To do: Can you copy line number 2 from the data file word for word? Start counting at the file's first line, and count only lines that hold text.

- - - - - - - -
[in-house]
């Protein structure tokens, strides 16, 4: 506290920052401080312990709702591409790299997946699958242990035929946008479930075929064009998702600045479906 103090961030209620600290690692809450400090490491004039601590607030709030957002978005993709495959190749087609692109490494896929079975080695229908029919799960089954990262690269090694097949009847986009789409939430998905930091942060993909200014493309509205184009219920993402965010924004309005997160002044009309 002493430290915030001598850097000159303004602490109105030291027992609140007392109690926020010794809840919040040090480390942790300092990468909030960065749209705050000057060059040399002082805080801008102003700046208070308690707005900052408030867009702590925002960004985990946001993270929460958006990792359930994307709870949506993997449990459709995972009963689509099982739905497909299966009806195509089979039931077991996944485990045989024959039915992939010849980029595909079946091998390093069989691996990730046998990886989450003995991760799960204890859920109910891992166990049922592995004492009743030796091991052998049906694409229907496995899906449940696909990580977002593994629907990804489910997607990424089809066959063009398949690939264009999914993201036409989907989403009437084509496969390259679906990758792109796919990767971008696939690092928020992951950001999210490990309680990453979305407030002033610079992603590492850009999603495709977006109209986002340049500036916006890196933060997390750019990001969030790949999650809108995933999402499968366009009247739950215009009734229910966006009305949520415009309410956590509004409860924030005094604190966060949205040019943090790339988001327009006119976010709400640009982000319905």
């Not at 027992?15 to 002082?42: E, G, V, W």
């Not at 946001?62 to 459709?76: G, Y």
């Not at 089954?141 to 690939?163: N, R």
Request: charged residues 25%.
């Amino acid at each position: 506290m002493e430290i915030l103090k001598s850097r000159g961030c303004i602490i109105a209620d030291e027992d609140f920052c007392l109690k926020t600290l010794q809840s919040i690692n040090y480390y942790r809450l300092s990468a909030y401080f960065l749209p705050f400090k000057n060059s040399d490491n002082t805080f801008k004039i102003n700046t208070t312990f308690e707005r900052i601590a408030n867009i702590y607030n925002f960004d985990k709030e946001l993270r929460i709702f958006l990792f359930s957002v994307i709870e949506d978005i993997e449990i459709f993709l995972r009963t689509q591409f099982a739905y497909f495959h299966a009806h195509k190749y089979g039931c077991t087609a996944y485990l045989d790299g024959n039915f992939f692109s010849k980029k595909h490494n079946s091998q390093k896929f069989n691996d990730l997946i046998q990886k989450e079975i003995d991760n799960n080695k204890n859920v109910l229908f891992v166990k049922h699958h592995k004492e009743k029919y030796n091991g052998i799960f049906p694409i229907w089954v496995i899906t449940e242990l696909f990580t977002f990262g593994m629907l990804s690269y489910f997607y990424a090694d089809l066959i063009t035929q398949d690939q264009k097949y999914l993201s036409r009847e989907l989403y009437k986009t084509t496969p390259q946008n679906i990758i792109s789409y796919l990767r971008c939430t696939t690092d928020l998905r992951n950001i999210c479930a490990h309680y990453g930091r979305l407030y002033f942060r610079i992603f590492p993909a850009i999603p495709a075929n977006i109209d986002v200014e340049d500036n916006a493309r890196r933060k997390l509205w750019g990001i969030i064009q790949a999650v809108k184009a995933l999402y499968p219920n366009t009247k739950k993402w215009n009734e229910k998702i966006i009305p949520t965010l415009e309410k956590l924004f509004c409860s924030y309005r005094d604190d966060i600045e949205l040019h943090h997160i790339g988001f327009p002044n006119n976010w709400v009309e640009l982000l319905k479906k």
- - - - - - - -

């Protein structure tokens, strides 16, 4: 506290920052401080312990709702591409790299997946699958242990035929946008479930075929064009998702600045479906 103090961030209620600290690692809450400090490491004039601590607030709030957002978005993709495959190749087609692109490494896929079975080695229908029919799960089954990262690269090694097949009847986009789409939430998905930091942060993909200014493309509205184009219920993402965010924004309005997160002044009309 002493430290915030001598850097000159303004602490109105030291027992609140007392109690926020010794809840919040040090480390942790300092990468909030960065749209705050000057060059040399002082805080801008102003700046208070308690707005900052408030867009702590925002960004985990946001993270929460958006990792359930994307709870949506993997449990459709995972009963689509099982739905497909299966009806195509089979039931077991996944485990045989024959039915992939010849980029595909079946091998390093069989691996990730046998990886989450003995991760799960204890859920109910891992166990049922592995004492009743030796091991052998049906694409229907496995899906449940696909990580977002593994629907990804489910997607990424089809066959063009398949690939264009999914993201036409989907989403009437084509496969390259679906990758792109796919990767971008696939690092928020992951950001999210490990309680990453979305407030002033610079992603590492850009999603495709977006109209986002340049500036916006890196933060997390750019990001969030790949999650809108995933999402499968366009009247739950215009009734229910966006009305949520415009309410956590509004409860924030005094604190966060949205040019943090790339988001327009006119976010709400640009982000319905």